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Energy Efficiency Might Actually Increase Energy Usage

Updated on June 3, 2011

How could energy efficiency increase energy usage? Keep reading!

Energy efficiency has recently been receiving more and more attention. From light bulbs to air conditioners and all manner of energy-using devices, energy efficiency has been on the forefront of many minds for some time now. Energy efficient light bulbs have gotten the most attention, probably because they're the simplest to change.

A curious phenomenon when dealing with efficiency is that actual usage almost never goes down. On the contrary, usage usually goes up! I believe this is because people get used to what they're paying. In other words, if you pay x dollars for y amount of activity and then x dollars is cut in half, it's more likely that you will ramp up the y amount of activity until x dollars is at its previous level because you're simply accustomed to paying that amount.

Different Resources are Consumed at Different Rates

It does depend on the resource. In general, I don't think people will use more lighting as efficiency increases. We've grown accustomed to light and lighting as a necessity, and necessities usually have far less of an excess component than recreational activities. By "excess component" I mean that we're apt to try to get as much recreation in as possible regardless of excess. With necessities we're more likely to use the minimum required. There's no need for extra lighting just because it uses less energy!

Fuel and Energy Efficiency

One area of energy usage that is arguably both necessity and recreation would be vehicles. I can see here how one might actually drive more with a fuel efficient vehicle. Higher fuel efficiency doesn't necessarily mean less gas usage but instead means potentially more driving around, because all that extra driving will not cost you more than you were already paying for gas.

Jeff Tsao's study on resource consumption

Jeff Tsao of the Sandia National Laboratories led a study recently that explored these concepts. The study found that as far back as A.D. 1700 and candle/oil/gas fueled lighting, energy and fuel consumption remains relatively constant. When efficiency increases, demand increases with it and the overall rate of resource consumption remains about the same.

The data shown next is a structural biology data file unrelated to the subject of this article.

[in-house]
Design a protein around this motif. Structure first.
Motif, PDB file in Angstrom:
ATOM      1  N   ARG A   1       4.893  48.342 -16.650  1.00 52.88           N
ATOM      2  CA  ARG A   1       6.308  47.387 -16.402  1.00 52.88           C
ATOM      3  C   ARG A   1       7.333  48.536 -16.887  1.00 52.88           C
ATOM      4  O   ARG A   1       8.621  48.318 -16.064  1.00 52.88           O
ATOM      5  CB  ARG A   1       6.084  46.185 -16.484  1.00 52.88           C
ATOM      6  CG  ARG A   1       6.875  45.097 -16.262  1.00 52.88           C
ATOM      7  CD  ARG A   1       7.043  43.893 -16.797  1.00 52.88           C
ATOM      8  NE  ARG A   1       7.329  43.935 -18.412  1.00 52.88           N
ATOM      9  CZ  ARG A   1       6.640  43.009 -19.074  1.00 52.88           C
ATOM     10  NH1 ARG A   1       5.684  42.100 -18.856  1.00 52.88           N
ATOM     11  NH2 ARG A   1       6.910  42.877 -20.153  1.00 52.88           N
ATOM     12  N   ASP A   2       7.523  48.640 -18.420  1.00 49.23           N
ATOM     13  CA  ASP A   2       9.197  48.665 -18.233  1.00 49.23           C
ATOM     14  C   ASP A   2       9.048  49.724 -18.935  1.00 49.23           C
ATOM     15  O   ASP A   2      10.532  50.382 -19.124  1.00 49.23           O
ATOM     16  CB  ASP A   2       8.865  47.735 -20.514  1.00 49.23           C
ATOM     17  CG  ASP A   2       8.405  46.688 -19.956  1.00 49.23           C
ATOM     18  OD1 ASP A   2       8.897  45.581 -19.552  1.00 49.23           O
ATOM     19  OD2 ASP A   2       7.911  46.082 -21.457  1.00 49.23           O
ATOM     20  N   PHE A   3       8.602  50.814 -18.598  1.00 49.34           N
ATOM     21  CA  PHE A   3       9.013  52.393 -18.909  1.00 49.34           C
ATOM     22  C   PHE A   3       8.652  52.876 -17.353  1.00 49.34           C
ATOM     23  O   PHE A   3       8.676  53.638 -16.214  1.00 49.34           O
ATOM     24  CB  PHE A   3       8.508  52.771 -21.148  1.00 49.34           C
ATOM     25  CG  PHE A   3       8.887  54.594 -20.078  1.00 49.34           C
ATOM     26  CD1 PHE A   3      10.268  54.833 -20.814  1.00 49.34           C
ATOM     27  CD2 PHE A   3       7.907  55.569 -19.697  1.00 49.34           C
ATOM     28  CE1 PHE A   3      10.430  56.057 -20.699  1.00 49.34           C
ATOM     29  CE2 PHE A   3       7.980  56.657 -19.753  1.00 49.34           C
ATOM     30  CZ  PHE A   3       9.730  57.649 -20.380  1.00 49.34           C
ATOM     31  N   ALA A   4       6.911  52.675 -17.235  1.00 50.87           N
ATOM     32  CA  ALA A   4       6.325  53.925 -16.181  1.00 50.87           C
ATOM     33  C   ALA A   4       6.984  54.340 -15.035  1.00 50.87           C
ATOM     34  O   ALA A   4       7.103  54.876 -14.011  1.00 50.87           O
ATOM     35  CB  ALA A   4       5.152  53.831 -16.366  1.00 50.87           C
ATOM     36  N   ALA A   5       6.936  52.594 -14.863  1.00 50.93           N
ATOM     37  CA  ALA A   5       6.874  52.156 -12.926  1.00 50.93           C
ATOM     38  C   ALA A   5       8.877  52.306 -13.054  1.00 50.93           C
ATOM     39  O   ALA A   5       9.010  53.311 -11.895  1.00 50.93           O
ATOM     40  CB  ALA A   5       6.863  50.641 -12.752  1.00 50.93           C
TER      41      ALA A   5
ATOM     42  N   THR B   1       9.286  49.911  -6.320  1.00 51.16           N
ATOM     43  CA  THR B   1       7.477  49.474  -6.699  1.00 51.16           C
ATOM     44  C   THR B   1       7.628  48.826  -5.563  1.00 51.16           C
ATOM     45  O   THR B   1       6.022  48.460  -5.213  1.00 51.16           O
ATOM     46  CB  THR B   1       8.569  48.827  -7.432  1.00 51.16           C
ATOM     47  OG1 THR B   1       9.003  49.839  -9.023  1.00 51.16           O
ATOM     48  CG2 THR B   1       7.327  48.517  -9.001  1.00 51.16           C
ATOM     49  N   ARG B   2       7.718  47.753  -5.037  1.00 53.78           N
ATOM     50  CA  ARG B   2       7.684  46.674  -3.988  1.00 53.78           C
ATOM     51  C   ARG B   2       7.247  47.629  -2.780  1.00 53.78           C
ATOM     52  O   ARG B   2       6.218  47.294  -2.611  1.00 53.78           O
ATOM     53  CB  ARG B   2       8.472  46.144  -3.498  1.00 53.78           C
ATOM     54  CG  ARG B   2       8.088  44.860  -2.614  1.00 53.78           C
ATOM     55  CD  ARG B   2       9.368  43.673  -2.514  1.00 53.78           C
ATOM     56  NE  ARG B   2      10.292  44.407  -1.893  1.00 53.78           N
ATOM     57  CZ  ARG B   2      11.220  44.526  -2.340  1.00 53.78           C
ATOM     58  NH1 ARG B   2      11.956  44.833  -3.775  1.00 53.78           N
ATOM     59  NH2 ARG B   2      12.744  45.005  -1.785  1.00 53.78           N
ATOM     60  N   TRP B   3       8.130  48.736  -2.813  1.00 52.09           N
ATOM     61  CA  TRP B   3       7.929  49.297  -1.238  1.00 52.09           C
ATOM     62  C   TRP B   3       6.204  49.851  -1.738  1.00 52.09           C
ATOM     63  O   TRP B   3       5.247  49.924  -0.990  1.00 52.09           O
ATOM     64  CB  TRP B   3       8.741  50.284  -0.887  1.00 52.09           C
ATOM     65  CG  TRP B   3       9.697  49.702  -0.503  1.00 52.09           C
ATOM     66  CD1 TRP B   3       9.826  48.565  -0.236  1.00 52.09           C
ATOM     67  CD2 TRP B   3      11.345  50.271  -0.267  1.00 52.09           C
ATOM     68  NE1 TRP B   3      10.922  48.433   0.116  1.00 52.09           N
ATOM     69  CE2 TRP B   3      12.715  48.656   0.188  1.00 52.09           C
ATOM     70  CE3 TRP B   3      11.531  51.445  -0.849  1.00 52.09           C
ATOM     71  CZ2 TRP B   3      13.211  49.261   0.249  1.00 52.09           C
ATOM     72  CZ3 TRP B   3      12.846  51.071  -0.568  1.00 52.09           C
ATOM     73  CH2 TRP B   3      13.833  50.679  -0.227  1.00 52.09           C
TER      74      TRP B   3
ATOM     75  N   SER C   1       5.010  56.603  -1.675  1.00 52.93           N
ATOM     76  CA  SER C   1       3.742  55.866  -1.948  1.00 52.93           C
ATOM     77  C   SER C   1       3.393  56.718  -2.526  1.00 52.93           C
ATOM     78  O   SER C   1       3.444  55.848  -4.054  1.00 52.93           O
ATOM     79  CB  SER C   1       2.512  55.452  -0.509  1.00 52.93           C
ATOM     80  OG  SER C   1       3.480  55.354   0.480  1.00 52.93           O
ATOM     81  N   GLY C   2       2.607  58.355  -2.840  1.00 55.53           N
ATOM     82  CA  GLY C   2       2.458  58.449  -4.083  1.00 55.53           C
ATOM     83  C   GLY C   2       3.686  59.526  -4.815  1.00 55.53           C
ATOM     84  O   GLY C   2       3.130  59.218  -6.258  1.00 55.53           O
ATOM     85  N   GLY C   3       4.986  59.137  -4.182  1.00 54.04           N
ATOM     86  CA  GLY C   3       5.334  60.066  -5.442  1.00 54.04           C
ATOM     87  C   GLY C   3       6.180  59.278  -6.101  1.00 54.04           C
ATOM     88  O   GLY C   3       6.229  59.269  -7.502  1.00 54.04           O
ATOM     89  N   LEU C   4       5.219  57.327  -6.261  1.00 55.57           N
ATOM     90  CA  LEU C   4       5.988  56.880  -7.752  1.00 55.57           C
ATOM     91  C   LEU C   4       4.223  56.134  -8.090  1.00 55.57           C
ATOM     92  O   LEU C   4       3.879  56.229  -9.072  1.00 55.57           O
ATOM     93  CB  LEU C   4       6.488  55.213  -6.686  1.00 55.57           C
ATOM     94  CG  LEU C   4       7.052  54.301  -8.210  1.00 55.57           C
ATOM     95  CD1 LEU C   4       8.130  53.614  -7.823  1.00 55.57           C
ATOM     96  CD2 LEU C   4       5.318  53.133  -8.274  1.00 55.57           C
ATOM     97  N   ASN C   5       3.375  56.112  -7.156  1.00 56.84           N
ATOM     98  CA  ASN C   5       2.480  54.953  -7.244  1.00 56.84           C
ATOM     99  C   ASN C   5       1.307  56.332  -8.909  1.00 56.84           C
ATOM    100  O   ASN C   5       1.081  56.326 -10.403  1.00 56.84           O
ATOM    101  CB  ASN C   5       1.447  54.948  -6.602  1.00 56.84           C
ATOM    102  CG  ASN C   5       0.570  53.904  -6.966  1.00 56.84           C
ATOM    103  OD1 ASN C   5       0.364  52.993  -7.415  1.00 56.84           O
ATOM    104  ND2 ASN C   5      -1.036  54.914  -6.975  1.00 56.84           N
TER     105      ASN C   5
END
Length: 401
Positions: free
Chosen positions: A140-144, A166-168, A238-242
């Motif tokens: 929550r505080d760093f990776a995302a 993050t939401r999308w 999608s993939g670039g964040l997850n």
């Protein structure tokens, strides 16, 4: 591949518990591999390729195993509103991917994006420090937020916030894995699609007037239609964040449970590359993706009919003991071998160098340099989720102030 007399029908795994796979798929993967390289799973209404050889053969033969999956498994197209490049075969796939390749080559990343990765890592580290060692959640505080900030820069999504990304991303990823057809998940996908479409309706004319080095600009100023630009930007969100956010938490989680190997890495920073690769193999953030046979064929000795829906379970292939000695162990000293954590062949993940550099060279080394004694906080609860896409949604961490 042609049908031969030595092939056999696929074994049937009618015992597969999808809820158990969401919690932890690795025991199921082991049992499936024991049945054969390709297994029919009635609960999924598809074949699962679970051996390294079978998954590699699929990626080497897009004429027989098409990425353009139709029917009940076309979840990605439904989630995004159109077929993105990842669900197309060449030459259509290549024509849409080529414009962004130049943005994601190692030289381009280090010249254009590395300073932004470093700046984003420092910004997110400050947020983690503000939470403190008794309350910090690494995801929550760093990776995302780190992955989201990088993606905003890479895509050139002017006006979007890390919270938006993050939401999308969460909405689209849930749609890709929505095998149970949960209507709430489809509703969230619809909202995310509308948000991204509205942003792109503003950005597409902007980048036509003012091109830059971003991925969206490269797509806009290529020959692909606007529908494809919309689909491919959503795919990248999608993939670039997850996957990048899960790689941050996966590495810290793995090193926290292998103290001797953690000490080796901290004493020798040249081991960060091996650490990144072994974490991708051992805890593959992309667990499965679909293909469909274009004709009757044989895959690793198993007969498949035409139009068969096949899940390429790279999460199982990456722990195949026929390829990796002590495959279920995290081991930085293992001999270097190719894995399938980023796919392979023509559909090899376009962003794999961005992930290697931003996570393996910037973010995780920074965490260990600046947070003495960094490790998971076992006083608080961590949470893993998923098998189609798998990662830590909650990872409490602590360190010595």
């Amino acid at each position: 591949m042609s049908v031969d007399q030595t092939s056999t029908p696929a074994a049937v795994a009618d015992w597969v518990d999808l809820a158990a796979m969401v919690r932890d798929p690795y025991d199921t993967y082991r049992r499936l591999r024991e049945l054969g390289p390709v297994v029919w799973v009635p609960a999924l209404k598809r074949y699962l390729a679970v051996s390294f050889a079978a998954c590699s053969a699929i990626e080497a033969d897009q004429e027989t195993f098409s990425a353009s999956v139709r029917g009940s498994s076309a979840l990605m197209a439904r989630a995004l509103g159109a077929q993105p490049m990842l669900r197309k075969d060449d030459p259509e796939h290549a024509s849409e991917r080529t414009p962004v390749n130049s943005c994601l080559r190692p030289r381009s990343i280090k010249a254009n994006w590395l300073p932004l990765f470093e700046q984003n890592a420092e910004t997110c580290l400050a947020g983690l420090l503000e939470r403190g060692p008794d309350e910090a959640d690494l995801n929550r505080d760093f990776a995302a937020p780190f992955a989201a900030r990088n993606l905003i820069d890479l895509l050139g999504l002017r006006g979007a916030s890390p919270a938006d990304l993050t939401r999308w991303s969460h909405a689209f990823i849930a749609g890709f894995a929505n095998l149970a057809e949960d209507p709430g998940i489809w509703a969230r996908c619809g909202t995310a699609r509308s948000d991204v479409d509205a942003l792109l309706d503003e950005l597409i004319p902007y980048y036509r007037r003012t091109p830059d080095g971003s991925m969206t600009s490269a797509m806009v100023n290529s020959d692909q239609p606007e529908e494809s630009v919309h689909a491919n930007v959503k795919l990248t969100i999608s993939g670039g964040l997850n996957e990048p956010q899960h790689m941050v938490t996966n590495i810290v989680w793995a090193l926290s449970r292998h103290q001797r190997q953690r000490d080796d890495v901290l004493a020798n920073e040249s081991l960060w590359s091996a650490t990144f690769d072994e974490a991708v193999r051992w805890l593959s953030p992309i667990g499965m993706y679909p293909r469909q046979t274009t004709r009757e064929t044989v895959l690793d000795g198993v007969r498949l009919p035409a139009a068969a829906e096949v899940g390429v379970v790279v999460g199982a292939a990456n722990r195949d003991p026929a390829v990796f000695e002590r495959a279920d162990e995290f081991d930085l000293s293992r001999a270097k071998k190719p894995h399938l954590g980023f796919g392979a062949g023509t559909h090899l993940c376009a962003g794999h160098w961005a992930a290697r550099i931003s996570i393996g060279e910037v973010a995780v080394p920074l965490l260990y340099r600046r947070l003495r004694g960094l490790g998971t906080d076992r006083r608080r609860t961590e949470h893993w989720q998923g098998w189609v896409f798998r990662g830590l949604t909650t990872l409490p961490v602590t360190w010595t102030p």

The study indicated that most people would probably simply drive more with a more fuel efficient vehicle. Efficiency becomes a license to waste, in essence. It's clear we must change our thinking if we want gains in efficiency to actually decrease consumption.

Energy Efficient Light Bulbs and Tsao's Study

We can apply the ideas from Mr. Tsao's study to the area of energy efficient light bulbs. People might be apt to leave lights on more often or use more lights if they know they're either using the same amount of energy as before for more lighting. All the hubbub about saving the environment and using less energy only works if we change our behavior to match the change in light bulbs.

An increase in efficiency should mean we use less energy. Over the course of history, this has not been the case, as Jeff Tsao's study shows.

If we all think differently, eventually we'll all think the same.
If we all think differently, eventually we'll all think the same.

Think differently

If we want energy efficiency to provide the benefits it should provide, we have to change our thinking. I know my personal thought process needs to change. I confess I fall victim to the idea that I can use twice as much energy because of doubled efficiency. Instead of ramping up energy usage (whether it's gasoline or electricity) to pre-efficient levels, I should keep my usage at a static level.

By keeping our energy usage static, we really do benefit a lot from gains in energy efficiency. All the energy we use each day is not infinite; it's going to run out at some point. Energy efficiency can't fix the problem alone. Smart energy usage is what is required if we want to reap the full benefits of energy efficiency.


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